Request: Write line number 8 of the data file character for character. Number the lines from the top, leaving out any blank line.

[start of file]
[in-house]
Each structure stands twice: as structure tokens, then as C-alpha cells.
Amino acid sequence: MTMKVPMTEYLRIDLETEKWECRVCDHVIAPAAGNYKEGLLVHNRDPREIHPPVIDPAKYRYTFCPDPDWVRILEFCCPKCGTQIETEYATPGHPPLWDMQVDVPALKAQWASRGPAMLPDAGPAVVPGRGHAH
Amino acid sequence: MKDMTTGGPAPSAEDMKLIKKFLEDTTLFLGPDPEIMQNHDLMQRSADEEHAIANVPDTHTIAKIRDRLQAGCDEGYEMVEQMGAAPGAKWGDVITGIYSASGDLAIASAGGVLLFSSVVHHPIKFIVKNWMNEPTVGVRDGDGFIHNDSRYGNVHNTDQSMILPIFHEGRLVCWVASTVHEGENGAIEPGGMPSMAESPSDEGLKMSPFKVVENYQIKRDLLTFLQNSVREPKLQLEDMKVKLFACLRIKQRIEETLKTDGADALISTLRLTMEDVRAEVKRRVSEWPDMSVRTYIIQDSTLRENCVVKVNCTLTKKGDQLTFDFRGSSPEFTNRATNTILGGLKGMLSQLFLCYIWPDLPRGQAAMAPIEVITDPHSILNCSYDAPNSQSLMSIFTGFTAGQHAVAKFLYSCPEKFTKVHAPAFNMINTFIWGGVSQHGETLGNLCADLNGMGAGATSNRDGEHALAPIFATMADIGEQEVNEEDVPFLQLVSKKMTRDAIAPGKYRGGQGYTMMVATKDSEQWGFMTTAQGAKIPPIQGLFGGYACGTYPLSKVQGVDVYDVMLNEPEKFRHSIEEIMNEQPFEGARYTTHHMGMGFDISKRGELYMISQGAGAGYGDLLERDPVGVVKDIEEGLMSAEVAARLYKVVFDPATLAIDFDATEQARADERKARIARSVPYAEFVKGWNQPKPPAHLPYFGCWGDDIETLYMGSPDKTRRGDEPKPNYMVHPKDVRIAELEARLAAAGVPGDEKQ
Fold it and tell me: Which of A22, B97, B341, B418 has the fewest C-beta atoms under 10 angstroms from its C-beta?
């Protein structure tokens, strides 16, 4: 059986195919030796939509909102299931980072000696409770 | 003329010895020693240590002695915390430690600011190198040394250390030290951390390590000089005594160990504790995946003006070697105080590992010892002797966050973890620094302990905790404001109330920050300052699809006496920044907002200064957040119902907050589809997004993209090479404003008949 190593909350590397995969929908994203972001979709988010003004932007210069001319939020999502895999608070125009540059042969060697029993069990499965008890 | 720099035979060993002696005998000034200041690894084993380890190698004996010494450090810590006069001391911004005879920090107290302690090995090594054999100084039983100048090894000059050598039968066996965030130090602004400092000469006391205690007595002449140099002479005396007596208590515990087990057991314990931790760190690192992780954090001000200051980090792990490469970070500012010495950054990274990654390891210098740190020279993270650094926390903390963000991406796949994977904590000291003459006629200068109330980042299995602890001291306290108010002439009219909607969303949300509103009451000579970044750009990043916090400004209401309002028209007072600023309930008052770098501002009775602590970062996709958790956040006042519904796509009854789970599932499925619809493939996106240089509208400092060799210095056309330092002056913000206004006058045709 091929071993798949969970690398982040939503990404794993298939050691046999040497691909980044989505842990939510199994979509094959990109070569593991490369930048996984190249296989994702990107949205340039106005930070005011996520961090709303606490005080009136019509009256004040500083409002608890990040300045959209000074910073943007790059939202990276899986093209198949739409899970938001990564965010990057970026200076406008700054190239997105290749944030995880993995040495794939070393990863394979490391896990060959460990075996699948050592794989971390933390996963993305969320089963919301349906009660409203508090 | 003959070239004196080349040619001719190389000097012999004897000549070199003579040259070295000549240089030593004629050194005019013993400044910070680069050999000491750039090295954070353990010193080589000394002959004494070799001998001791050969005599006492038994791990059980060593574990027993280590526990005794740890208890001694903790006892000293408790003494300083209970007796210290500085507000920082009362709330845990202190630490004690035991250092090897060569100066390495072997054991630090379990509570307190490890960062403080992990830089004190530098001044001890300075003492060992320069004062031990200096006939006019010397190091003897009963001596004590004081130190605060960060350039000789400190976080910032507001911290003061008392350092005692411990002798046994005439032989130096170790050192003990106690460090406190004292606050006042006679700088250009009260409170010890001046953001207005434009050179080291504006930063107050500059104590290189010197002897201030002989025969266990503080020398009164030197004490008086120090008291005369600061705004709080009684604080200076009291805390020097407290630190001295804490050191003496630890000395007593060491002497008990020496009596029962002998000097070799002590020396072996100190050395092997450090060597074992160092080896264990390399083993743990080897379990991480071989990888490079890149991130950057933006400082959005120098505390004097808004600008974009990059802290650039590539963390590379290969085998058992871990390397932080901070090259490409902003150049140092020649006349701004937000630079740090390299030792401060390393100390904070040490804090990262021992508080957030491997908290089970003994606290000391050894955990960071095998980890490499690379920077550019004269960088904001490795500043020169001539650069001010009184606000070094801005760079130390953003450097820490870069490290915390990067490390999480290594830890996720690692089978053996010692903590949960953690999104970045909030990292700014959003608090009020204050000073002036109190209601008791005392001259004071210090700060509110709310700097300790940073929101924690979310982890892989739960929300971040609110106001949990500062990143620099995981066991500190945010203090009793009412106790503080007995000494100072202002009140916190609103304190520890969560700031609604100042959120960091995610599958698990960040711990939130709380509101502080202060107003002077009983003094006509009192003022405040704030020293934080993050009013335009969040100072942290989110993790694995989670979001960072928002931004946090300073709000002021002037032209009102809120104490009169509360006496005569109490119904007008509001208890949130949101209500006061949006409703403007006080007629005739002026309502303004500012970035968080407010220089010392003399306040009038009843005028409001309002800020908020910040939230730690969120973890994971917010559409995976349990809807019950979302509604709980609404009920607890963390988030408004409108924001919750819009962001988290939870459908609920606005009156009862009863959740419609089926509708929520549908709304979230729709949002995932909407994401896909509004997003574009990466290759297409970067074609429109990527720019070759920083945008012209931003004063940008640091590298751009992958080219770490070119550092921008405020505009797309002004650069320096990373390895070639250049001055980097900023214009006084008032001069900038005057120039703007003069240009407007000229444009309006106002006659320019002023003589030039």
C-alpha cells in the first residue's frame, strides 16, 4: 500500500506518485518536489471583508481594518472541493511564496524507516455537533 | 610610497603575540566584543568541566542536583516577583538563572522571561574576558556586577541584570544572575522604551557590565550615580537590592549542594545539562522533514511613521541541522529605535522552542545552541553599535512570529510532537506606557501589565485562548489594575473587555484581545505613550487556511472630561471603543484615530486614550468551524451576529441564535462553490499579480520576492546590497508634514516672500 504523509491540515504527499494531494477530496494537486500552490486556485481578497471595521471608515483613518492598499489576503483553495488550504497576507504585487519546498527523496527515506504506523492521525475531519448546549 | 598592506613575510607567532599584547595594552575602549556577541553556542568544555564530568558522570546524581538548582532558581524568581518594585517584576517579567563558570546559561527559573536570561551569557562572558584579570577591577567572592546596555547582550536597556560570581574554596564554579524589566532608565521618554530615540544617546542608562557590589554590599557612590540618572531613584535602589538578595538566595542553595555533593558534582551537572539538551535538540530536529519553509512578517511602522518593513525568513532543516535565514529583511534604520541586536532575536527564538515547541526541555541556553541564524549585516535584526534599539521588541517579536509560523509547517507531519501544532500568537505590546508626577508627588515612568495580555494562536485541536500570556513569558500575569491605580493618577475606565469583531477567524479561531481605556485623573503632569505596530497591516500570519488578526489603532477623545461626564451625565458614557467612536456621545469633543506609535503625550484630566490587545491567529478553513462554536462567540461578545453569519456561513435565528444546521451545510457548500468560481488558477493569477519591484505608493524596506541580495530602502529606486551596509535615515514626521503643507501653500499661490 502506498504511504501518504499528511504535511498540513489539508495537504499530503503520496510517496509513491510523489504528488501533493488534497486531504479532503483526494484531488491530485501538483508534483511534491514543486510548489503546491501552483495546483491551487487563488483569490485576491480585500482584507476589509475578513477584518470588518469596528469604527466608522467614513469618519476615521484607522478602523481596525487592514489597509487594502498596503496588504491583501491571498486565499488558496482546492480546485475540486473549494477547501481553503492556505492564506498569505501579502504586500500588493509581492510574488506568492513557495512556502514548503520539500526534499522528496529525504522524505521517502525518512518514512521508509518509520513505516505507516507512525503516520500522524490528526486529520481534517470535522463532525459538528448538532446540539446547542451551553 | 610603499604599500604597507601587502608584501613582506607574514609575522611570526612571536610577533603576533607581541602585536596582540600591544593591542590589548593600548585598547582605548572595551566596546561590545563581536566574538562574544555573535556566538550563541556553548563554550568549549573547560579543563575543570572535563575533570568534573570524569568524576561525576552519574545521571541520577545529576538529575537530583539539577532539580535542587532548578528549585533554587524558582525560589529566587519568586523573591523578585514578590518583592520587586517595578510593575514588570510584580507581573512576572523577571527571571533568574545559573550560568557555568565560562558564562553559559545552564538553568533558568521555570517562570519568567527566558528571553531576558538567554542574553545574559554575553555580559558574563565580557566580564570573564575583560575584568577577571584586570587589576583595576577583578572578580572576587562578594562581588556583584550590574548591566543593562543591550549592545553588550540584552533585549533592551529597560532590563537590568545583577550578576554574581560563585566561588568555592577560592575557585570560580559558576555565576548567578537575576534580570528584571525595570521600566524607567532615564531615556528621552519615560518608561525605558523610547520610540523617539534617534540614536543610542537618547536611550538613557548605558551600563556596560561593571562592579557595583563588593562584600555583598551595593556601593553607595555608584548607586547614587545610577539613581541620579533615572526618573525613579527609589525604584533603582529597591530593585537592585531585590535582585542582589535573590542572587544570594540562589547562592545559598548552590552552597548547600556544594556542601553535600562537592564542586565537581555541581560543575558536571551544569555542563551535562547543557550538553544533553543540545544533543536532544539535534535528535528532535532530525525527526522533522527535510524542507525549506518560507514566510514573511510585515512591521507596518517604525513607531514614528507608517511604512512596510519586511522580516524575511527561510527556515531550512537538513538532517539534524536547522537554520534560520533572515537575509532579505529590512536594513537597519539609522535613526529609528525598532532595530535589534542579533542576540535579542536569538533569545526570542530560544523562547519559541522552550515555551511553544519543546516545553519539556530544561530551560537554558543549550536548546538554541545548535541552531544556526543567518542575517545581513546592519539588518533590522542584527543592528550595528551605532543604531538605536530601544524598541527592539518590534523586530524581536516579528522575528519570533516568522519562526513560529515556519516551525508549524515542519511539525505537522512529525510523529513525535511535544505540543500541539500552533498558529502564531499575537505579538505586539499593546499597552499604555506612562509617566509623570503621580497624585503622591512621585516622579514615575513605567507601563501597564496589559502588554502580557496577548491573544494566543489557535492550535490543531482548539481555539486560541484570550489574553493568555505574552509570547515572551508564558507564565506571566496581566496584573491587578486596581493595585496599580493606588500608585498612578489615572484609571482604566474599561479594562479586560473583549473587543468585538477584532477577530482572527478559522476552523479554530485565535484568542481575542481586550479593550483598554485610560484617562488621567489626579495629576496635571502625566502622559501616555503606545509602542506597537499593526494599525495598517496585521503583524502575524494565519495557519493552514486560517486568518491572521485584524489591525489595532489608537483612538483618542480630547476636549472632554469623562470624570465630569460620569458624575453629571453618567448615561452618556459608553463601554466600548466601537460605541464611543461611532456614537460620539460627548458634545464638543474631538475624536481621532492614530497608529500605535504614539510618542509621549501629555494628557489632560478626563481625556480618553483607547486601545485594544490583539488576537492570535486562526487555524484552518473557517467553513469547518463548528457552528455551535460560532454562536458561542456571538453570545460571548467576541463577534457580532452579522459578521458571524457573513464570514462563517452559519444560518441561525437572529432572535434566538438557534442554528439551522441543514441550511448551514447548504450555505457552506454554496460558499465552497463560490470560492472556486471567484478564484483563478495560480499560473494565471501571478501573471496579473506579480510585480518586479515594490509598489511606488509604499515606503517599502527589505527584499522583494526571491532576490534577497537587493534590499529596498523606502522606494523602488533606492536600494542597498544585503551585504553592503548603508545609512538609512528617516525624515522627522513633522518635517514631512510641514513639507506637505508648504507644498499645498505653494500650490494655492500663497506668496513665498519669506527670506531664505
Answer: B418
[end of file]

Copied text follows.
Answer: B418